I can’t figure out what the D-Link intends to achieve with the DIR-X1560 EXO AX1500 Wi-Fi 6 router. At around $100, this entry-level router sure is not the most affordable among its Wi-Fi 6 peers.
And it’s not the most valuable, either, with a spartan set of features. The biggest issue, however, comes from the buggy firmware and lackluster performance. So this D-Link Wi-Fi machine has nothing on the similarly specced TP-Link Archer AX10, which costs some $30 less.
It’s strange, but the DIR-X1560 seems a bit abandoned, or neglected. It’s like D-Link cared just enough to say it has now had a Wi-Fi 6 router.
In all, when working as intended, the D-Link DIR-X1560 is a pretty-looking, compact router with decent Wi-Fi speeds and coverage. But if you decide to skip it, you won’t miss out on anything. At all.
D-Link EXO WiFi 6 Router AX1500 (DIR-X1560)
- Compact design
- Easy to set up
- Decent Wi-Fi performance
- Lightweight, wall-mountable
- Buggy firmware, intermittent Internet disconnection
- Spartan feature set, low-speed-favored Wi-Fi settings, no 160 MHz channel support
- No multi-gig, Dual-WAN, Link Aggregation, or USB port
- Firmware update causes the admin password to change
- Potential security risks
- The "mesh" notion is a lie
- D-Link DIR-X1560: A new router that feels so old
- A compact and light entry-level Wi-Fi 6 router
- Hardware specifications: D-Link DIR-X1560 vs. TP-Link Archer AX10
- D-Link’s DIR-X1560’s detail photos
- The standard setup process, a potential security risk, and the general lack of love
- A firmware update that broke the admin password
- The overly similar web interface
- Idiotic Wi-Fi settings
- Scant feature set
- D-Link DIR-X1560: Lackluster performance
D-Link DIR-X1560: A new router that feels so old
The DIR-X1560 was the first D-Link router I’ve review in a long time, yet, it felt very familiar, too familiar. Not in a good way.
A compact and light entry-level Wi-Fi 6 router
The DIR-X1560 looks like a typical router with four non-removable, but swivel-able, antennas sticking up from its back and sides. The router is a bit smaller than the TP-Link Archer AX10 and is also slightly lighter at just 0.9 lb (410 g).
On the back, it has the usual four Gigabit LAN port and one Gigabit WAN port. And that’s it. There’s nothing else of note.
And on the underside, there’ a small label with the default Wi-Fi and network settings. You’ll also find two mounting holes.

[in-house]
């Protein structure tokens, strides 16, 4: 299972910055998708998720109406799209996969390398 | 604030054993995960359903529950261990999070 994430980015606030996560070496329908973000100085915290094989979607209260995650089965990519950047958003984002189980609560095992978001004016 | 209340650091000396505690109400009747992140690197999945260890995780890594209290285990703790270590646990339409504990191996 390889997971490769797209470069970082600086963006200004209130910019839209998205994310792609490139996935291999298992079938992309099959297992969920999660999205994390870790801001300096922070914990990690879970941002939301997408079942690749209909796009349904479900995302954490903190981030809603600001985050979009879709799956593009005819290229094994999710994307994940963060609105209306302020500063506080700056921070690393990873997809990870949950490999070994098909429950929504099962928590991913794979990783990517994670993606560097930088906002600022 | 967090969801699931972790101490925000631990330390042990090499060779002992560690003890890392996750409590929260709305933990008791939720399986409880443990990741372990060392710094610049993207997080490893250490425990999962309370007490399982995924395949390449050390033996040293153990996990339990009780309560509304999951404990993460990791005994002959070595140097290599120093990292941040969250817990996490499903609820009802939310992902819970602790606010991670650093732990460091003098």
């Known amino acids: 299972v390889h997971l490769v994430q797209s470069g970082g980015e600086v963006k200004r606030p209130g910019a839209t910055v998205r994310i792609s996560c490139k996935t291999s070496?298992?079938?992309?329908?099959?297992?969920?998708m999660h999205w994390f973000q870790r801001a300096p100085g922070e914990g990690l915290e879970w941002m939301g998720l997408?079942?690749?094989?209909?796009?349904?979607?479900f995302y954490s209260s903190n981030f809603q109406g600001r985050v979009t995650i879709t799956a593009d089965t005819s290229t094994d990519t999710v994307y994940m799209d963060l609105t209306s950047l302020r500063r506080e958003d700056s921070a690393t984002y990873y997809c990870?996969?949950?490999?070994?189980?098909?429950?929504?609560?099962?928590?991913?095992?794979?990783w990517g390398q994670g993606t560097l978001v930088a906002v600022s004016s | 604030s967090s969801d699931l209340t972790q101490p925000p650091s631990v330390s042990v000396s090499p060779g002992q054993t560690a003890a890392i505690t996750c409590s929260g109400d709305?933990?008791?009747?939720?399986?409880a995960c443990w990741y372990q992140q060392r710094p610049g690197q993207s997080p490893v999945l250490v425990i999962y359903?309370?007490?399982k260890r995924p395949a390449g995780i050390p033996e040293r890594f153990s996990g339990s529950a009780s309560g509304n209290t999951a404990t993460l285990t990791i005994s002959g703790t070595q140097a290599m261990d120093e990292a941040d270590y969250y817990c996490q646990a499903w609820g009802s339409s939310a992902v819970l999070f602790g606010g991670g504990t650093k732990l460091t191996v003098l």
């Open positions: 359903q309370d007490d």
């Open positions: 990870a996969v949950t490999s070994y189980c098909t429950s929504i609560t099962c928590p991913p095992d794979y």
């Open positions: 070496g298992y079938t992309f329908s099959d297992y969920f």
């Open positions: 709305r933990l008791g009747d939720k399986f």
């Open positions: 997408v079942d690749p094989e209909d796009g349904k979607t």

Hardware specifications: D-Link DIR-X1560 vs. TP-Link Archer AX10
The D-Link DIR-X1560 is a frill-free router. It has no multi-gig port, USB port, Dual-WAN, Link Aggregation, or anything fancy at all. For comparison, hardware-wise, it’s similar to the Archer AX10 from TP-Link.
D-Link’s DIR-X1560’s detail photos
The standard setup process, a potential security risk, and the general lack of love
The D-Link DIR-X1560 shares the same standard setup process as any standard routers — one with a web interface. From a connected computer, launch a web browser and go to the router’s default IP, which is 192.168.0.1 (or dlinkrouter.local), and you’ll run into a wizard that walks you through everything.
The rest is self-explanatory. If you’ve worked with a router’s web interface before, you’ll be able to handle the DIR-X1560 no problem.
The thing is you can skip this process and start using the router immediately with the default settings — except you shouldn’t do that.
For years now, most (good) routers require users to at least change the default admin password before Internet access is possible. The DIR-X1560, like those released some ten years ago, doesn’t.
Since the default values are public knowledge, allowing your home Internet access without a new admin password is a serious security risk.
If you proceed with the initial setup as mentioned above, the DIR-X1560 does ask you to change the security settings. But the issue here is that it gives users the option not to do that first.
By the way, according to the label on the router, the default username is “Admin.” In reality, it’s implied — you only need to type in the password — and you can’t change the username to something else, either.
So, it seems D-Link just dumped a bunch of generic information and settings from its old routers on the DIR-X1560 and called it a day. The new router sure has nothing of its own.
A firmware update that broke the admin password
And, as a result, the router is buggy, too.
During my testing, at one point, the DIR-X1560 prompted me to update the firmware to version 1.01, and I did. Lo and behold, after that, the admin password no longer worked and I lost access to the router’s web interface.
At first, I thought the router reverted it to the default value (which is “password”), but that wasn’t the case. I ended up having to do a reset before I could continue the work, and that password thing remained a mystery.
Since the DIR-X1560 has a firmware auto-update function, I found this bug quite terrifying. Hopefully, D-Link will fix it via the next update.
The overly similar web interface
The D-Link DIR-X1560’s interface has nothing new. It’s the familiar one first introduced in the DIR-880L some six years ago, with the same tab-to-menu design.